The East Carolina University School of Music put several of its student ensembles on display for a full evening of seasonal music – with a repertoire ranging from the sublime to the not-so-sublime. How about “Jingle Bells” played by a symphony orchestra in the style of “Stars and Stripes Forever”?

For the second time in less than two weeks, the sanctuary of St. Paul’s Episcopal Church was packed to overflowing, and the program was such that only the Scroogiest of Scrooges would not have found something to enjoy.

The most sublime was a five-song set by the ECU Chamber Singers, fresh from their runner-up placement in the international choral festival in Tolosa, Spain, in November. Starting with “Puer Natus in Bethlehem” by Samuel Scheidt and ending with a spiritual, “Rise Up, Shepherd, and Follow,” the ensemble showed why this component of the university music program is a true jewel, not just locally but also the region as well. The Scheidt was directed by student Kyle Nielsen and sung as a double choir with two soloists. Soprano Rachel Webb stood in front of the organ console; opposite her and quite some distance away, near the altar, was tenor John Tyler McDonald; the choir split into two sections and faced each other from the side aisles. The music filled the space in a fashion somewhat different from when a choir sings in only one location; this music was close to heavenly. McDonald directed the choir in Ned Rorem’s “While All Things Were in Quiet Silence,” with its much more modern harmonies and lovely “Alleluia” section; another beautiful contemporary piece was Daniel Elder’s “Ave Maria,” which was part of the Chamber Singers’ repertoire in the Spain competition. DeMarcus Kelly sang a vibrant solo in the spiritual.

The program opened with four songs by the St. Cecilia Singers, an all-female ensemble directed by Dr. Jeffrey Ward. The vocalists entered singing Elizabeth Poston’s familiar “Jesus Christ the Apple Tree” and went right into John Jacob Niles’ arrangement of “I Wonder As I Wander.” Both were sung a cappella; the wordless soprano descant in “I Wonder” and later wordless alto accompaniment were especially fine. The young women also sang beautifully an arrangement of “Still, Still, Still” by Ron Jeffers.

The University Chorale, a larger ensemble of both music majors and non-majors, offered a fine reading of Berlioz’s “The Shepherd’s Farewell,” although the tempo for the final two verses could have slowed a bit, and the dynamics softened; and McDonald led the ensemble in a fine reading of Handel’s “And the Glory of the Lord” from Messiah, accompanied by the ECU Symphony Orchestra. Under the direction of Dr. Andrew Crane, the Chorale also sang Eric Whitacre’s “Lux Aurumque,” in which  the close harmonies and suspensions were well done, especially the women’s harmonies that floated over the ensemble and audience and the incredibly long sustained note by the women at the end.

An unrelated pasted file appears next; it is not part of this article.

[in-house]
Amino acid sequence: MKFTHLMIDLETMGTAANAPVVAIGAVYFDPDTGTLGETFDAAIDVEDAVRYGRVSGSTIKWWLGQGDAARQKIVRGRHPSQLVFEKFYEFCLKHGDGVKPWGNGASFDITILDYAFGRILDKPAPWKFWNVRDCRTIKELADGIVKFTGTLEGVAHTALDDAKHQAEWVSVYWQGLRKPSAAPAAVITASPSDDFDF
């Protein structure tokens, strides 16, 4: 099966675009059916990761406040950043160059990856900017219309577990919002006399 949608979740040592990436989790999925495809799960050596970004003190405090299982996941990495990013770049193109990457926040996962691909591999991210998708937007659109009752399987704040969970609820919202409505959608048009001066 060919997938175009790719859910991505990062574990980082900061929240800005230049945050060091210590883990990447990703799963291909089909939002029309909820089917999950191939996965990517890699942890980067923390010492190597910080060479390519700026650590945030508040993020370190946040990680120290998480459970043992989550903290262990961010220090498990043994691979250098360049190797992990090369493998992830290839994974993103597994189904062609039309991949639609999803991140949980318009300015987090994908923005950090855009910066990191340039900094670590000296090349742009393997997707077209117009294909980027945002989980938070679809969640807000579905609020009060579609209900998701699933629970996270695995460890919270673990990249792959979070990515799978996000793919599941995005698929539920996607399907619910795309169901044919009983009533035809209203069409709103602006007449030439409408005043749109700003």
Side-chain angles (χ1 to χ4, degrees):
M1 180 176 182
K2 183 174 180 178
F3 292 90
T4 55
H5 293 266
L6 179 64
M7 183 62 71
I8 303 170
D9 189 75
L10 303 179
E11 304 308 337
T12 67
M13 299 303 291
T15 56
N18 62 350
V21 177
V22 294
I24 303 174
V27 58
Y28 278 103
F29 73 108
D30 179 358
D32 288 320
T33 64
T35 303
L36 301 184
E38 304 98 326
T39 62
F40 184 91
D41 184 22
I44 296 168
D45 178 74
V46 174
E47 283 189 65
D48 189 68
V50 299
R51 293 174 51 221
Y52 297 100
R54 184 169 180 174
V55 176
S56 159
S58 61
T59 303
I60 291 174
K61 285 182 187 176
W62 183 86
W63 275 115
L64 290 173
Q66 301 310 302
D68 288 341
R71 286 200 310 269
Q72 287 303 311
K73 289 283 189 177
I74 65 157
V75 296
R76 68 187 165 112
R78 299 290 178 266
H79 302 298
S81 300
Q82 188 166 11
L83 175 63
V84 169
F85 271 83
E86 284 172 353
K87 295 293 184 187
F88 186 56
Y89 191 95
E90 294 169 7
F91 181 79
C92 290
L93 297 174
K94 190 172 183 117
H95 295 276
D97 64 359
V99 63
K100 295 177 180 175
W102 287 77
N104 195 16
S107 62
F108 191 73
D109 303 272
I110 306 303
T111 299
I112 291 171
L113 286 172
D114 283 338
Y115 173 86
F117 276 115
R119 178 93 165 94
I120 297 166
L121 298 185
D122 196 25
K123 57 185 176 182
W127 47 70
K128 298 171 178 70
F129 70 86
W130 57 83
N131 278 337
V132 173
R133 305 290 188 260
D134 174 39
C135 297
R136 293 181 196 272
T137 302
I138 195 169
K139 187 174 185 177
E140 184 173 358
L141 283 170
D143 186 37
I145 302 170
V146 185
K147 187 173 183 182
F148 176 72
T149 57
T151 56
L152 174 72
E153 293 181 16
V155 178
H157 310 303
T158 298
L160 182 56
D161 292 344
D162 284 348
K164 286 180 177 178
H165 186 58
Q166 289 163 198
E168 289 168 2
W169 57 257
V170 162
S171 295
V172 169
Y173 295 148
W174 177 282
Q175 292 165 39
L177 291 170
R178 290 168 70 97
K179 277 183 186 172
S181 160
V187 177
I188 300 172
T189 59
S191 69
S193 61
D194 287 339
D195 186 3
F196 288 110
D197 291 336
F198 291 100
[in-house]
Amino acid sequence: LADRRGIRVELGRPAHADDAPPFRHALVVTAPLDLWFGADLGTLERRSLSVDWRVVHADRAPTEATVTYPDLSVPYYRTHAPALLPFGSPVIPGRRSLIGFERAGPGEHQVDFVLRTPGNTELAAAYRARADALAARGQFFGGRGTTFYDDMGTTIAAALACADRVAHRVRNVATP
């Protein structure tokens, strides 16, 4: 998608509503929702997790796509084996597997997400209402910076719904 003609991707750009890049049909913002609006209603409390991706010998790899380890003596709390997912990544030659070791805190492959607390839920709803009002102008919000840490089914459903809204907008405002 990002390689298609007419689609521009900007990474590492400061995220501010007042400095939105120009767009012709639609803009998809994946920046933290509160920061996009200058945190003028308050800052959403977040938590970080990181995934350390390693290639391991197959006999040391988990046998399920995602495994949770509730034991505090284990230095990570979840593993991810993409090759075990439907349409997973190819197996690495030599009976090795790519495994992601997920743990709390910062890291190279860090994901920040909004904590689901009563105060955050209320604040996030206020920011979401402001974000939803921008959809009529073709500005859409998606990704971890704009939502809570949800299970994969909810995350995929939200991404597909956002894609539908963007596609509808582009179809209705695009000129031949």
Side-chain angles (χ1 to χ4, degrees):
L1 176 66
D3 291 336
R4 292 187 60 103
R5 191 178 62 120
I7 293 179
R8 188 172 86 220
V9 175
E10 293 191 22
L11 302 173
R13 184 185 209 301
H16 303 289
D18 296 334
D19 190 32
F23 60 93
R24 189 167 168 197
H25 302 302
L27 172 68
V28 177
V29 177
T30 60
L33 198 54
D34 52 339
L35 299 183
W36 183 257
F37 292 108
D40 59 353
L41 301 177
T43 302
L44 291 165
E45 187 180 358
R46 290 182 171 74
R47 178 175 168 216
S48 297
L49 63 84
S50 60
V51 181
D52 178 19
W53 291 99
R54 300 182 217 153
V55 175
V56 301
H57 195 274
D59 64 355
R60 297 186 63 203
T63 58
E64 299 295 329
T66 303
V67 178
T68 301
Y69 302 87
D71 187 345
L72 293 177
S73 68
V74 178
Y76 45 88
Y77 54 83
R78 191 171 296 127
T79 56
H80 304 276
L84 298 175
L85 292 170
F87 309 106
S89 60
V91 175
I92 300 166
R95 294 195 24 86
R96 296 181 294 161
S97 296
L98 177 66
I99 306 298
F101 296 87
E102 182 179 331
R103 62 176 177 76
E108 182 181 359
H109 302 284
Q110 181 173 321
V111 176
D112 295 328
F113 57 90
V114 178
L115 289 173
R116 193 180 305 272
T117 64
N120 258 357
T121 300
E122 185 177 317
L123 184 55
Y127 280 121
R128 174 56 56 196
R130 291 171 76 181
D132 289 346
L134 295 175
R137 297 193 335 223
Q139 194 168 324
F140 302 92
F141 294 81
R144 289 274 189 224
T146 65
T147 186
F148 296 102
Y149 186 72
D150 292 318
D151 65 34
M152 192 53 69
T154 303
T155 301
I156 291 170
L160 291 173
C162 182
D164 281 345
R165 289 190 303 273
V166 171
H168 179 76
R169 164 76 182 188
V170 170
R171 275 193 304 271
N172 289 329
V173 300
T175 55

The ECU Symphony had its moments to shine and brought a little more secular element to the program. Under the direction of student Nyamsaikhan Odsuren, the orchestra gave a nice reading of Leroy Anderson’s “Christmas Festival,” a medley of eight popular carols and songs, with an ending that carried faint echoes of Saint-Saëns’ “Organ” Symphony. (St. Paul’s organist Andrew Scanlon and student organist Christopher Pharo accompanied portions of the program.) Student Derek Deakins conducted the orchestra in a crisp account of Leroy Anderson’s “Sleigh Ride,” which included excellent percussion, and Dr. Jorge Richter led the orchestra in music from The Polar Express by Alan Silestvri and Glen Ballard, some of more sweeping parts of which are reminiscent of movie scores by John Williams. The most over-the-top piece of the evening was Robert W. Smith’s setting of “Jingle Bells Forever,” which combined the familiar melody with the scoring for “Stars and Stripes Forever,” including the solo piccolo section. Occasional references to the “Hallelujah Chorus” also could be detected.

Two rousing selections, John Rutter’s arrangement of “Joy to the World” and Mack Wilberg’s of “Hark! The Herald Angels Sing” also were presented by the singers and orchestra. The orchestra members acquitted themselves nicely in both, although the brass seemed to lose its way in pitch and timing at the very end of the former selection.

All in all, this was a fine way to begin December, with music of both reverence and fun. The choral ensembles were especially noteworthy, handling the widely varied requirements of old and new music with ease and skill.